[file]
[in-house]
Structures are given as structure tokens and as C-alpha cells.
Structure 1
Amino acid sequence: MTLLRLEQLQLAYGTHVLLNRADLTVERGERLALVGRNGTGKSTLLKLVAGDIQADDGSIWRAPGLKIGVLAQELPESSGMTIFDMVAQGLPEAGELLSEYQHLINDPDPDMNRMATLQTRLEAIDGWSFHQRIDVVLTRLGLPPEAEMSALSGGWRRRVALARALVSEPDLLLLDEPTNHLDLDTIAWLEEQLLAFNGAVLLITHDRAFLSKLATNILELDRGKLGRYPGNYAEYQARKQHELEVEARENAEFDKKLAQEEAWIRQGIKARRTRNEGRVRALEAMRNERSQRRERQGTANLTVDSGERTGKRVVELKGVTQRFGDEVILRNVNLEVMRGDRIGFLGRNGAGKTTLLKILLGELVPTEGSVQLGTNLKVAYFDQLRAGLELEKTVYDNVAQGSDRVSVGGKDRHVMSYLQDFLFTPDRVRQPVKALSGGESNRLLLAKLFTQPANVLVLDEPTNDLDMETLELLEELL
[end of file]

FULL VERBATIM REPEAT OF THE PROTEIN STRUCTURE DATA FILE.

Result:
[in-house]
Structures are given as structure tokens and as C-alpha cells.
Structure 1
Amino acid sequence: MTLLRLEQLQLAYGTHVLLNRADLTVERGERLALVGRNGTGKSTLLKLVAGDIQADDGSIWRAPGLKIGVLAQELPESSGMTIFDMVAQGLPEAGELLSEYQHLINDPDPDMNRMATLQTRLEAIDGWSFHQRIDVVLTRLGLPPEAEMSALSGGWRRRVALARALVSEPDLLLLDEPTNHLDLDTIAWLEEQLLAFNGAVLLITHDRAFLSKLATNILELDRGKLGRYPGNYAEYQARKQHELEVEARENAEFDKKLAQEEAWIRQGIKARRTRNEGRVRALEAMRNERSQRRERQGTANLTVDSGERTGKRVVELKGVTQRFGDEVILRNVNLEVMRGDRIGFLGRNGAGKTTLLKILLGELVPTEGSVQLGTNLKVAYFDQLRAGLELEKTVYDNVAQGSDRVSVGGKDRHVMSYLQDFLFTPDRVRQPVKALSGGESNRLLLAKLFTQPANVLVLDEPTNDLDMETLELLEELL